Australian Lefty on Politics, Governance, Science and Info Management

Housing grants should be tied to other policy agenda

Posted by Dave Bath on 2009-02-21

Saw an ad in today’s paper for the federal government’s $21,000 "First Home Owners Boost", and prompting the memory that "boost" can be a slang term for theft or unjustifiable promotion.

If the government is so desperate to continue the housing bubble that is a significant cause of the current financial collapse, then if there were any smarts in Canberra, they’d try and achieve some other desperately needed outcomes for that money that is nothing but welfare to households that have well above median income.

Grants should be conditional on appropriate environmental, urban planning, and per-capita resource considerations, providing a "light touch" version of Locrian and Sumptuary laws of the classical world.

For a first-cut "straw-man" (in geek parlance) version, grants would be slashed if the house didn’t:

  • Meet energy efficient targets
  • Are not at least medium density
  • Meet modesty standards (no marble floors, etc)
  • Meet per-capita floorspace standards

"Wood-man" tweaks could include:

  • Quarantine grant components to allow houses to be made energy-efficient within a year of purchase
  • Relaxing density requirements someone if the family already lives in a rural or very-low density area
  • Relaxing per-capita floorspace constraints if it is reasonable to assume extra people (children or older relatives) are expected within the next couple of years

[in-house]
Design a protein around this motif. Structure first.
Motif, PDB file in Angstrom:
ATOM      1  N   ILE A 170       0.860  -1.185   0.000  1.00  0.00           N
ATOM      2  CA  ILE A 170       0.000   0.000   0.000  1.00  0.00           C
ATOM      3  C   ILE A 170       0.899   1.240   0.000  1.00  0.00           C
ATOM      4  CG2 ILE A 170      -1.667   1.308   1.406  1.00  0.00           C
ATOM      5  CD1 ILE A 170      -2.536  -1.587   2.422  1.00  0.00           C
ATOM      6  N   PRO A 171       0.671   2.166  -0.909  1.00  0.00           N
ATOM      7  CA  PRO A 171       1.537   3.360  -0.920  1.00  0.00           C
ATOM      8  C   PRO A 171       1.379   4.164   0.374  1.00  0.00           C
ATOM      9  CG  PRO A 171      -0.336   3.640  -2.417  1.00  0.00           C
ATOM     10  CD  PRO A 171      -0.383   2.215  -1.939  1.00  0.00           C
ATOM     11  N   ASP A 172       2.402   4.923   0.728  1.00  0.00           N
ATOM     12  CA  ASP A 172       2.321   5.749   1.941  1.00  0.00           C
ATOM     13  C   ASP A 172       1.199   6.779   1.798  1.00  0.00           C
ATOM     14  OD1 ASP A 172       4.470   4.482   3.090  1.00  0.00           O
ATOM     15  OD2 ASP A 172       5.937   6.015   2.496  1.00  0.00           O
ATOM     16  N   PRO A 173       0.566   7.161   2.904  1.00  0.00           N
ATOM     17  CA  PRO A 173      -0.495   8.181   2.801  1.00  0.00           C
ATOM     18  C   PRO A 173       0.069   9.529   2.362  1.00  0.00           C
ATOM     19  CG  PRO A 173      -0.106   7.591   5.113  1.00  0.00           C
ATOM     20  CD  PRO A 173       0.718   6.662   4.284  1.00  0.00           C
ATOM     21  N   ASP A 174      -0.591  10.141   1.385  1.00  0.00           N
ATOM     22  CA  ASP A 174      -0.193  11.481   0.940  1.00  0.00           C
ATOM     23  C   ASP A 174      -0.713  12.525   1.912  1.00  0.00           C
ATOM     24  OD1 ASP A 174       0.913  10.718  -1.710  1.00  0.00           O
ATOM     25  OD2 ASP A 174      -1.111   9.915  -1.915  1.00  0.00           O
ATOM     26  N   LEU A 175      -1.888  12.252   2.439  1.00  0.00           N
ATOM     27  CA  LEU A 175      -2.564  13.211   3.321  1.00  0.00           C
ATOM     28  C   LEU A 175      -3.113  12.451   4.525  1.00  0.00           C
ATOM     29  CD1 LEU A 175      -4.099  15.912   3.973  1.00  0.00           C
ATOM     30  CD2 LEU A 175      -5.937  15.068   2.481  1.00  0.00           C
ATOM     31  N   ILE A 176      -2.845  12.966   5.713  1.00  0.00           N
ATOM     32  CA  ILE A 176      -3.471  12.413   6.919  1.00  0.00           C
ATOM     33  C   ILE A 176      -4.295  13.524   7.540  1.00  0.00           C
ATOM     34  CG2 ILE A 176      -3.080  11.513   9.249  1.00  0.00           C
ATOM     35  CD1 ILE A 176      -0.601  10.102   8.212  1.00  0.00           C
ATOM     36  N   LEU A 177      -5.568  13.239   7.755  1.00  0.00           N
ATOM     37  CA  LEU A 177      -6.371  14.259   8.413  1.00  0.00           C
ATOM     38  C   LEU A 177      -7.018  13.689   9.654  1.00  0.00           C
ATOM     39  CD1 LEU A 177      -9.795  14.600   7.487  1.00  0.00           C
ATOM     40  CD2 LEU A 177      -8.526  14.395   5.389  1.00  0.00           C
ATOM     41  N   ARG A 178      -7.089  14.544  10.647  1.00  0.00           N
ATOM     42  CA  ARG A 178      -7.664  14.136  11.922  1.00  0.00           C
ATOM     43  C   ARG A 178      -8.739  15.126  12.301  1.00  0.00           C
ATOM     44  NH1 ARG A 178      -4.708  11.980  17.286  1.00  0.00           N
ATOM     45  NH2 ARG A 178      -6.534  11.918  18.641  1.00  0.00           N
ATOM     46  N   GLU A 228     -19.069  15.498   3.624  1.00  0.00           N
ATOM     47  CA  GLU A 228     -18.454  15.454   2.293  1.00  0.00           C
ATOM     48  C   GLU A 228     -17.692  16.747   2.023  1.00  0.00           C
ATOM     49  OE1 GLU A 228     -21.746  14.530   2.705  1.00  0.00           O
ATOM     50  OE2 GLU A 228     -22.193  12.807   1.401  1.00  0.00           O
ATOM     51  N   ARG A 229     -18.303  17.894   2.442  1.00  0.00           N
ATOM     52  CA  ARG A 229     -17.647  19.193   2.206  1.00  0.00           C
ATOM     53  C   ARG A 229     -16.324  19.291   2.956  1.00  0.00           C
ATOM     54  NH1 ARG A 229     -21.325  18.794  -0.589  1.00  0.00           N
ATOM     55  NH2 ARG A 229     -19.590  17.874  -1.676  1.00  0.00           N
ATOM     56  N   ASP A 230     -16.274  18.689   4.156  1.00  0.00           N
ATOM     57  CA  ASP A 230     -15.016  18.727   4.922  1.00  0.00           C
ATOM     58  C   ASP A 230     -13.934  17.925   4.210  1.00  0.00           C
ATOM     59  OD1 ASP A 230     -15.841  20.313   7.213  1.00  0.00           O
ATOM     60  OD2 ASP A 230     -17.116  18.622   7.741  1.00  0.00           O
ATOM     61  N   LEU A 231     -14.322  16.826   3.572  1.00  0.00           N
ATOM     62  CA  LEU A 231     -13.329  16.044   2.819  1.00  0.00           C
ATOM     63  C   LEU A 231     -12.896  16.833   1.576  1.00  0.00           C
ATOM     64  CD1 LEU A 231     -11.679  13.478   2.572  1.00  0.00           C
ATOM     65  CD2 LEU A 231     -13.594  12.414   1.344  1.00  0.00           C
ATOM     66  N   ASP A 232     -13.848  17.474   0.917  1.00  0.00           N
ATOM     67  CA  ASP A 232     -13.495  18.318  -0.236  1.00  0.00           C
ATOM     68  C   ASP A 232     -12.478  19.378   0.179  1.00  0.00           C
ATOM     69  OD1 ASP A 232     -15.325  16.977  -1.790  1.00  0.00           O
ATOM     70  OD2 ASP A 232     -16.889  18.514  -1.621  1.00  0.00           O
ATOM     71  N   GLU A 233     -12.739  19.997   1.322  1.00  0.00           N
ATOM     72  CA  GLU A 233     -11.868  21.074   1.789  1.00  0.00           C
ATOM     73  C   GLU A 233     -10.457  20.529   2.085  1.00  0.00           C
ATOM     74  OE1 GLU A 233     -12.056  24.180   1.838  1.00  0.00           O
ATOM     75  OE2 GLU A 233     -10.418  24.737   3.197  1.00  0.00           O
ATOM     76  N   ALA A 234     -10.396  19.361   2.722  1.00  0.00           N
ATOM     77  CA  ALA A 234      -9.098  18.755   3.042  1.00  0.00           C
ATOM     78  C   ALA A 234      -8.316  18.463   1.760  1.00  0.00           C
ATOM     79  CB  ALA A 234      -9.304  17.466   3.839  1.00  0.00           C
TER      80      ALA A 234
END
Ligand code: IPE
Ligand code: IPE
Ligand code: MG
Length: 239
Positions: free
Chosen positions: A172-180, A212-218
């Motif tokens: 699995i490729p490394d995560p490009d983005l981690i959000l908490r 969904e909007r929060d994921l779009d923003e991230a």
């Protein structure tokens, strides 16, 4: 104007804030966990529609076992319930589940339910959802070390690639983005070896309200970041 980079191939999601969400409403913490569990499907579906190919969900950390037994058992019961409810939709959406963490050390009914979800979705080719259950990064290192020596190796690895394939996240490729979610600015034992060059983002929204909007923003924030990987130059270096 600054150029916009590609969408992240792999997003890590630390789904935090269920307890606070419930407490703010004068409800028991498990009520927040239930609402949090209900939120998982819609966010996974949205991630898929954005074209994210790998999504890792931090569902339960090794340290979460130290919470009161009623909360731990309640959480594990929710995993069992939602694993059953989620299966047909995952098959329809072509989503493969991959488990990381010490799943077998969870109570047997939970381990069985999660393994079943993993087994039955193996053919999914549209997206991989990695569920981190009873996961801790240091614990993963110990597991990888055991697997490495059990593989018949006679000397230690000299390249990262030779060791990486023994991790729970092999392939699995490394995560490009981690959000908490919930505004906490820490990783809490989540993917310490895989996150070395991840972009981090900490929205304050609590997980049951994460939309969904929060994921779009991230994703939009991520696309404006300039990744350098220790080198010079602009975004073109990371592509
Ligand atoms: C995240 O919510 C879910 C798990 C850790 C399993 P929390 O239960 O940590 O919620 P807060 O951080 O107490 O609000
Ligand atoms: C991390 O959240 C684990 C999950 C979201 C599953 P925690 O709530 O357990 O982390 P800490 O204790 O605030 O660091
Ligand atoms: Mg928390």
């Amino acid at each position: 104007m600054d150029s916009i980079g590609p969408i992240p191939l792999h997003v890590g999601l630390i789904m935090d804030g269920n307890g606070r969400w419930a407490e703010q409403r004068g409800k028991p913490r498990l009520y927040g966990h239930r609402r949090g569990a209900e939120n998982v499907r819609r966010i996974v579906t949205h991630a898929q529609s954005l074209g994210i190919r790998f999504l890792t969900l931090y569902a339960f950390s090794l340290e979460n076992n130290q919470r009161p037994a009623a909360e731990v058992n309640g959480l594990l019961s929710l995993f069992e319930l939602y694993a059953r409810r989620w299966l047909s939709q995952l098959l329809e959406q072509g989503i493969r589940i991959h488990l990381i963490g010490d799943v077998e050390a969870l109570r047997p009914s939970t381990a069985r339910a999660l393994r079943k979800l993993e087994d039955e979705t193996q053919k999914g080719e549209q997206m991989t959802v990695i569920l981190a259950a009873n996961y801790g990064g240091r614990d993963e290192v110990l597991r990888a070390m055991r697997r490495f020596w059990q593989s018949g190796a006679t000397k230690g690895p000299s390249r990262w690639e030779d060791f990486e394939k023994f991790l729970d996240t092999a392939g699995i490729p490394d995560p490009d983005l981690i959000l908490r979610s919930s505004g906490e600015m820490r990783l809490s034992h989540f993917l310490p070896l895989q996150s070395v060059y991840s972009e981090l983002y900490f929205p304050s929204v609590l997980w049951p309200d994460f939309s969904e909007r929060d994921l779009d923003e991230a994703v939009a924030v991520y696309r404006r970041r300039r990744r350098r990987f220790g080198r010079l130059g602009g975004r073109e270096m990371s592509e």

Personally I’d slash the grant unless the government got some equity in the residence, that could be paid off by the owner at a later date (and/or giving the option of the government buying out a default to become the landlord).

Has anybody got suggestions for bits and pieces that could might move this to "iron-man" or "titanium man" stages?


  • Geek-speak uses "straw man" in the sense of a draft version of a proposal or design, not the "straw man" argument used in rhetoric merely to be knocked down.  The progression may include (using links to the Software Engineering Body of Knowledge):
    • Straw man: very draft, brainstorming stage, too see the general shape of what you want
    • Wood man and/or stone man: holds up reasonably well, but still having rough edges or a bit primitive
    • Iron man: a robust solution
    • Titanium man: bulletproof, which can be complementary ("absolutely nothing can go wrong" for something critical that must not go wrong) or disapproving ("that’s way over the top of what is needed and will cost too much in time or money").

    See also "geek comparatives progression" (broken flaky dodgy fragile brittle solid robust bulletproof armor-plated) where "straw man" roughly corresponds to "fragile", but the current Home Owner Boost scheme is at best "broken", or using the other comparative sequence (monstrosity brain-damage lose crock misfeature kludge hack(n) <a href=”win feature elegance perfection) at best a "lose"

  • "The maestro says nationalise" in the "Free Exchange" blog at "The Economist" which talks about Alan Greenspan (disparagingly) as the "last man left standing" to recognize the problems of the housing bubble.
  • "Sumptuary laws addressing overconsumption – you wish!" (2007-05-22)


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